EPSPs of dentate gyrus granule cells during epileptiform bursts of dentate hilar "mossy" cells and area CA3 pyramidal cells in disinhibited rat hippocampal slices

J Neurosci. 1994 Oct;14(10):6041-57. doi: 10.1523/JNEUROSCI.14-10-06041.1994.


When hippocampal slices are exposed to GABAA antagonists, area CA3 pyramidal cells and dentate hilar "mossy" cells discharge in synchronized epileptiform bursts (Müller and Misgeld, 1991; Scharfman, 1994b). Dentate interneurons are excited simultaneously, but the degree of discharge varies (Scharfman, 1994b). This study primarily examined the activity of dentate granule cells simultaneous to the epileptiform bursts of pyramidal cells and mossy cells. EPSPs followed by large GABAB receptor-mediated IPSPs were generated in granule cells during all epileptiform bursts of pyramidal cells and mossy cells, regardless of whether they were evoked or spontaneous. By simultaneous recording it was determined that granule cell EPSPs began several milliseconds after the start of pyramidal cell bursts (n = 48 simultaneous recordings) and immediately after the first action potential of a mossy cell burst (n = 77). Interneurons were similar to granule cells in the timing of their depolarizations relative to the onset of pyramidal cell (n = 24; Scharfman, 1994b) and mossy cell (n = 9) bursts. All excitatory activity was blocked by bath application of the glutamatergic AMPA/kainate receptor antagonist CNQX (5 microM, n = 5), but not the NMDA receptor antagonist D-APV (25-50 microM, n = 9). Granule cell EPSPs were decreased after focal application of CNQX to the molecular layer at a site close to the impaled granule cell (n = 5), whereas D-APV had no effect (n = 3). EPSPs also decreased after focal application of CNQX to the hilus, in two of four slices tested. The extracellularly recorded EPSP of granule cells was maximal in the inner molecular layer (n = 33), the site of the mossy cell axonal plexus. Severing the junction of the dentate gyrus and area CA3 blocked all spontaneous and evoked activity of dentate neurons without affecting burst discharges in area CA3a and CA3b (n = 6). None of the excitatory activity of any cell type was affected by cholinergic antagonists (atropine and mecamylamine, 25 microM each, n = 5; pirenzipine and dihydro-beta-erythroidine, 25 microM each, n = 5). The results suggest that there is a glutamatergic, AMPA/kainate receptor-mediated, excitatory pathway from area CA3 to the dentate gyrus in disinhibited slices. The pharmacological results, analyses of latency, as well as the known axonal projections of the sampled cells, suggest that the excitatory pathway begins within area CA3 and leads to granule cells via mossy cells. The data also suggest that dentate interneurons are excited by mossy cells, and possibly by pyramidal cells as well.(ABSTRACT TRUNCATED AT 400 WORDS)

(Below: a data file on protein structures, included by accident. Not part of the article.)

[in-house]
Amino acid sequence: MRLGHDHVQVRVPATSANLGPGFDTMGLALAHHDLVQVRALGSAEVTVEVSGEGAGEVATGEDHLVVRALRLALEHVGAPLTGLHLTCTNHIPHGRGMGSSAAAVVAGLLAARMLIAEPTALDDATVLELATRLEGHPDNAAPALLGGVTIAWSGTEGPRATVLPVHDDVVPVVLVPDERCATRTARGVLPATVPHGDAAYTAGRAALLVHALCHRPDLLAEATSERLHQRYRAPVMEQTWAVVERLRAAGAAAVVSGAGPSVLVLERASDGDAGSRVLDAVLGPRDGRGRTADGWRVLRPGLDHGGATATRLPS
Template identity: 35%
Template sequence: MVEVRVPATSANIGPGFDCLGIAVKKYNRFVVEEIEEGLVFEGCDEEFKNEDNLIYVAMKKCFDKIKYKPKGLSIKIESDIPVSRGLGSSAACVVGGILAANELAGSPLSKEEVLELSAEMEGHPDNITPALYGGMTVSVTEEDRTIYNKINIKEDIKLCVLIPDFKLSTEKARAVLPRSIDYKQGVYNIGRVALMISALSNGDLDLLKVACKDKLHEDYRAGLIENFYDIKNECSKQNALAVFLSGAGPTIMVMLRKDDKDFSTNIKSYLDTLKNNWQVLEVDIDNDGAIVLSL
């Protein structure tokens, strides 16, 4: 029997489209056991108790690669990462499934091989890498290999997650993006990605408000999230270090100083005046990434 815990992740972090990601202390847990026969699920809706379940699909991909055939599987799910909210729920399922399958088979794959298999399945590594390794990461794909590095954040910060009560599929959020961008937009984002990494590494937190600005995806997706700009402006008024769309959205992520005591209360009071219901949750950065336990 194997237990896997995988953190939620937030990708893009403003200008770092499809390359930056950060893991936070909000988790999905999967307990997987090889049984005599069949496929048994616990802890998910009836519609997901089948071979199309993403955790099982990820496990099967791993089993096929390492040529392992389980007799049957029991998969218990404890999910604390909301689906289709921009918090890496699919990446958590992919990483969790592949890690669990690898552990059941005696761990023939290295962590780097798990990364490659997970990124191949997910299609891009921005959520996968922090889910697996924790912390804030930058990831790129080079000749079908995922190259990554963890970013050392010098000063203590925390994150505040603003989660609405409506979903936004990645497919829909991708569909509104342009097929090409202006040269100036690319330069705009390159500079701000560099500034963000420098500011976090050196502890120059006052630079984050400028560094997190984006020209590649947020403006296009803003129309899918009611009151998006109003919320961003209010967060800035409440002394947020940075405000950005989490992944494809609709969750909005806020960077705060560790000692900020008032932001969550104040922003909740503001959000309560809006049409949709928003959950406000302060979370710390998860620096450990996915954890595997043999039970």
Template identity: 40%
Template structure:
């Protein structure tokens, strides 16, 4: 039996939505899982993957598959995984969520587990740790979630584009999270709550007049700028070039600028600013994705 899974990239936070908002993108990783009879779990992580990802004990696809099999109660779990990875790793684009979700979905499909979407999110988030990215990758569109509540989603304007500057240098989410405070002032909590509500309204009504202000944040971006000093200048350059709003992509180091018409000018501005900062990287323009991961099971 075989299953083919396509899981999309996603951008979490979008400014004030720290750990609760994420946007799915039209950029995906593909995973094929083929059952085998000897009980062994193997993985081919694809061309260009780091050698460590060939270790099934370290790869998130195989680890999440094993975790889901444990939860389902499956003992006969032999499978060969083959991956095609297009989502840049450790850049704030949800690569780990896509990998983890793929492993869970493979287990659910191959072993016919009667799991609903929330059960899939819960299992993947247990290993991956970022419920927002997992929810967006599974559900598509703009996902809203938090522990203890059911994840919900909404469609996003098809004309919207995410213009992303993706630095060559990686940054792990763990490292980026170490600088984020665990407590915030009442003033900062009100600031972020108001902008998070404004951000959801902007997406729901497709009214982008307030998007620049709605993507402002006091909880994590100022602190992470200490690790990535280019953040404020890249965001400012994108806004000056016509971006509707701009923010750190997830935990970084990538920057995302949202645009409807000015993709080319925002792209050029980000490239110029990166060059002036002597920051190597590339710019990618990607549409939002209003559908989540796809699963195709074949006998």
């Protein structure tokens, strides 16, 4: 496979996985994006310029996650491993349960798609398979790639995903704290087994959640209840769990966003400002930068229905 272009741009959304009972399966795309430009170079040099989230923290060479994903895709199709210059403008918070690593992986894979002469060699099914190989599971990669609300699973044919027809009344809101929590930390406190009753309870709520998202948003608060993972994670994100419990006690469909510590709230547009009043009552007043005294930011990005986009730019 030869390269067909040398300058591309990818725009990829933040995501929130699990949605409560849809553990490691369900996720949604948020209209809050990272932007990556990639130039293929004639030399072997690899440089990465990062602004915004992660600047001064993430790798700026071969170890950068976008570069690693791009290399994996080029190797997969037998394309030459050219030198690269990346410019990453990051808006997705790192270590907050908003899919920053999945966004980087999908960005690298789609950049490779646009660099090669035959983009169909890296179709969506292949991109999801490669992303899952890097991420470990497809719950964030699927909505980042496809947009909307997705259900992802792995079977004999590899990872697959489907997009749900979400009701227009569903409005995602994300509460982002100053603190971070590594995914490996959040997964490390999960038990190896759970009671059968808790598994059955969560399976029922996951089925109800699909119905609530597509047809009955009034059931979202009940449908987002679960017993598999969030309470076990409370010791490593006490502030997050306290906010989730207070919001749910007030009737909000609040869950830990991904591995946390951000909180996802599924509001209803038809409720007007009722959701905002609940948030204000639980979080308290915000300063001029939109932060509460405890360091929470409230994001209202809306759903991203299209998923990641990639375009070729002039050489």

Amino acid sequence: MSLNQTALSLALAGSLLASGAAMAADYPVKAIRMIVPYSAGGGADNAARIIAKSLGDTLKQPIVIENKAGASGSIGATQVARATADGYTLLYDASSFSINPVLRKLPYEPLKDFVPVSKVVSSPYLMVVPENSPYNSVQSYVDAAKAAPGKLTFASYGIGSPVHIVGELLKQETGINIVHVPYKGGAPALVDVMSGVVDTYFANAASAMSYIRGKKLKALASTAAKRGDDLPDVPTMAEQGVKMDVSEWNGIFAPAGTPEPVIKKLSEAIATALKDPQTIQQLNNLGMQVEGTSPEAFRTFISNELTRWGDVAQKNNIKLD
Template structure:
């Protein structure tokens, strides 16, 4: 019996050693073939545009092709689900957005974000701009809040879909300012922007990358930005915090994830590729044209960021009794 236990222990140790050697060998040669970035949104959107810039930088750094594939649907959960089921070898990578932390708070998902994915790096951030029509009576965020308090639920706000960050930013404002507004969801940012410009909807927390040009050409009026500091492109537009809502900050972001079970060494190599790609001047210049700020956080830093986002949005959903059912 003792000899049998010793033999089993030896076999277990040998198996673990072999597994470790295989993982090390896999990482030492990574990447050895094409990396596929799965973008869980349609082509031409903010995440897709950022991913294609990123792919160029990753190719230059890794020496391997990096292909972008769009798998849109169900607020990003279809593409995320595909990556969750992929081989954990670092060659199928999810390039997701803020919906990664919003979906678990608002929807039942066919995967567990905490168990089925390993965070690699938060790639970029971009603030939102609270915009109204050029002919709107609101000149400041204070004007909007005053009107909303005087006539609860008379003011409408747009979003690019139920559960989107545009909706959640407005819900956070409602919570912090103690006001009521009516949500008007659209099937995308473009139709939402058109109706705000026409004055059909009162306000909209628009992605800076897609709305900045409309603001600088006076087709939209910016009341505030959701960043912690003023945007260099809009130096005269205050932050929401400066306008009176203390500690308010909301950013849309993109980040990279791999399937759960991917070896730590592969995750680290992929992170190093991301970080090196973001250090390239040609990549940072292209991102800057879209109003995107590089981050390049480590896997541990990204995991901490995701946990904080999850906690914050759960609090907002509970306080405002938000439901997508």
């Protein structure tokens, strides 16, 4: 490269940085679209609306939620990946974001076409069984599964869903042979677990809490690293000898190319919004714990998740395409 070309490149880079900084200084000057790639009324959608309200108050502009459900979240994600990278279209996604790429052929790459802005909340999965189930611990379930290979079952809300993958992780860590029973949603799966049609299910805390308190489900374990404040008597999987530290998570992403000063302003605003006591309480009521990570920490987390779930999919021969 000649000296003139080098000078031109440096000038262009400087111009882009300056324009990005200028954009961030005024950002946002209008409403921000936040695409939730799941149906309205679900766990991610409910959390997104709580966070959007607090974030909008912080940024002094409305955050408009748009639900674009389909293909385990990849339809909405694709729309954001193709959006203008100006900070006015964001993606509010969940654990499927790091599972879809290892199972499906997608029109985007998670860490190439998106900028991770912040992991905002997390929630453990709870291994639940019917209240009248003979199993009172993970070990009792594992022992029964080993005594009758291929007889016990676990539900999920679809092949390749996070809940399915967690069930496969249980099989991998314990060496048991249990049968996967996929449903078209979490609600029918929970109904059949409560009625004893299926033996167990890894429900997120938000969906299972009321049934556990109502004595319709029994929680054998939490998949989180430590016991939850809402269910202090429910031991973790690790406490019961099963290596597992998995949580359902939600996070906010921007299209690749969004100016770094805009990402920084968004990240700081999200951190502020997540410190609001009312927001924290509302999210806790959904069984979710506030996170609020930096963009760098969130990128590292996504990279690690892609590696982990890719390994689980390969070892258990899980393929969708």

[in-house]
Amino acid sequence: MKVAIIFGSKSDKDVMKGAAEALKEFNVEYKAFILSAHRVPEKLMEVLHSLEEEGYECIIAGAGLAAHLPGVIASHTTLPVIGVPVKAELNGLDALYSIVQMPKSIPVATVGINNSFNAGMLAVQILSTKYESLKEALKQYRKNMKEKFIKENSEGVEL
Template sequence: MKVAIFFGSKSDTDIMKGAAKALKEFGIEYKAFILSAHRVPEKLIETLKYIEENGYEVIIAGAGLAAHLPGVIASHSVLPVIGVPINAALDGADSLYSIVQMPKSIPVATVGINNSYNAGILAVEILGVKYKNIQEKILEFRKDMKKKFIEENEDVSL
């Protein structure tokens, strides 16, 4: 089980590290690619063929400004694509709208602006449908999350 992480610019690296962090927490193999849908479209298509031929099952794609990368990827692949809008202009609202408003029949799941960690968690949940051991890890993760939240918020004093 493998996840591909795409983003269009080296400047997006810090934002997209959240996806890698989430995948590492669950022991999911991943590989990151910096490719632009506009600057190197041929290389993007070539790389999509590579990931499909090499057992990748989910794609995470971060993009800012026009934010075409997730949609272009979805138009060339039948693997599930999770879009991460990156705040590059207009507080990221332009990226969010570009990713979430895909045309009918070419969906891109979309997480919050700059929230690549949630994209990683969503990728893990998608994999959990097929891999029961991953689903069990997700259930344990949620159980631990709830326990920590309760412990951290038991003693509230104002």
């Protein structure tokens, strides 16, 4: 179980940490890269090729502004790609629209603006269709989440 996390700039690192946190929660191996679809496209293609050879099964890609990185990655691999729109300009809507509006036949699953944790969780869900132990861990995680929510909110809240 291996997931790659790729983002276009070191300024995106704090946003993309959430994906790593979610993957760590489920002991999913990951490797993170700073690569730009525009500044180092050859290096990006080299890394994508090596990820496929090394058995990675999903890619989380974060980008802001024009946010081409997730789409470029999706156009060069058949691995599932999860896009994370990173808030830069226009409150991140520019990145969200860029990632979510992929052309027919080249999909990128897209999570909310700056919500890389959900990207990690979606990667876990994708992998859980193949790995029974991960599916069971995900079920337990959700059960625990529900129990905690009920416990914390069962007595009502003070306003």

Publication types

  • Research Support, U.S. Gov't, P.H.S.

MeSH terms

  • 2-Amino-5-phosphonovalerate / pharmacology
  • 6-Cyano-7-nitroquinoxaline-2,3-dione / pharmacology
  • Animals
  • Atropine / pharmacology
  • Epilepsy / physiopathology*
  • Evoked Potentials / drug effects
  • Evoked Potentials / physiology
  • Hippocampus / cytology
  • Hippocampus / drug effects
  • Hippocampus / physiology*
  • In Vitro Techniques
  • Male
  • Mecamylamine / pharmacology
  • Membrane Potentials / physiology
  • Pyramidal Cells / drug effects
  • Pyramidal Cells / physiology*
  • Rats
  • Rats, Sprague-Dawley
  • Synaptic Transmission / drug effects
  • Synaptic Transmission / physiology*


  • Mecamylamine
  • 6-Cyano-7-nitroquinoxaline-2,3-dione
  • 2-Amino-5-phosphonovalerate
  • Atropine